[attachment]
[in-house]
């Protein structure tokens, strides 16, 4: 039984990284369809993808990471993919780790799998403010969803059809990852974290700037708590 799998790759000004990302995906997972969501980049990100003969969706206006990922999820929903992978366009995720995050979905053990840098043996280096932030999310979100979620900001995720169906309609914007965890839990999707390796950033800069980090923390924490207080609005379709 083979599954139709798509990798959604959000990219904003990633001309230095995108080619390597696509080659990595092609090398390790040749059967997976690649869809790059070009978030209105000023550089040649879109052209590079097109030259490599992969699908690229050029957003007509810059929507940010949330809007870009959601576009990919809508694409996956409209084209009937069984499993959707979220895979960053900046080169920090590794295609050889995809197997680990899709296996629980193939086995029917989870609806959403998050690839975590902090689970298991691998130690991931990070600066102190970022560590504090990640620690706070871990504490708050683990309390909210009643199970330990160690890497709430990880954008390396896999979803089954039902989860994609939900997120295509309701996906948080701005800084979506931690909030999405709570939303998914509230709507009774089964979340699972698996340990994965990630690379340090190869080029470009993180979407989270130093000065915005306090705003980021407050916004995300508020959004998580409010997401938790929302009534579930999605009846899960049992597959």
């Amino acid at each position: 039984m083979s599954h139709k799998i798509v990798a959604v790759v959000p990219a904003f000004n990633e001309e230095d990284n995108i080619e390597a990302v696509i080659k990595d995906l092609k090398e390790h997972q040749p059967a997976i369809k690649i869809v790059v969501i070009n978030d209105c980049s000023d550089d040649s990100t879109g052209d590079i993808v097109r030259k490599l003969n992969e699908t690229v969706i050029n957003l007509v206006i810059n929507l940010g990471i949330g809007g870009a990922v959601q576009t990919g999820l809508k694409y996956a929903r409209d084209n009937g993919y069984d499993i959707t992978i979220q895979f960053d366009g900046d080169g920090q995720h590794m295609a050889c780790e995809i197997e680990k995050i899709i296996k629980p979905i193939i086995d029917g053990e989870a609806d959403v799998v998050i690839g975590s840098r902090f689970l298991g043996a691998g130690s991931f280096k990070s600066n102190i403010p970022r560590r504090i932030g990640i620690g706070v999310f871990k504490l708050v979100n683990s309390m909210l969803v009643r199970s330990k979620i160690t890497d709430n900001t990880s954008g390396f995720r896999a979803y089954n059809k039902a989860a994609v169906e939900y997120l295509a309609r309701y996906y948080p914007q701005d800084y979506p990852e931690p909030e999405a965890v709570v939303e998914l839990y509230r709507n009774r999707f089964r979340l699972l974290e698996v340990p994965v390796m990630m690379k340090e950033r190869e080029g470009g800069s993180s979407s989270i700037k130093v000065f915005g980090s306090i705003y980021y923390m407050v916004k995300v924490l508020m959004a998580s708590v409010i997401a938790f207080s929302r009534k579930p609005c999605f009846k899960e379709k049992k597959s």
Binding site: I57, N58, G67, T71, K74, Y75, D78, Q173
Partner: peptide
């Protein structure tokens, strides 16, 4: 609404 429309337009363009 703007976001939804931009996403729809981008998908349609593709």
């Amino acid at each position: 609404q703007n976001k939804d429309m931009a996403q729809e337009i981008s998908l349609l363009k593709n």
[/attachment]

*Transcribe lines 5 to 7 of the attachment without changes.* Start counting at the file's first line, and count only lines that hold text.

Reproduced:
Partner: peptide
């Protein structure tokens, strides 16, 4: 609404 429309337009363009 703007976001939804931009996403729809981008998908349609593709």
């Amino acid at each position: 609404q703007n976001k939804d429309m931009a996403q729809e337009i981008s998908l349609l363009k593709n």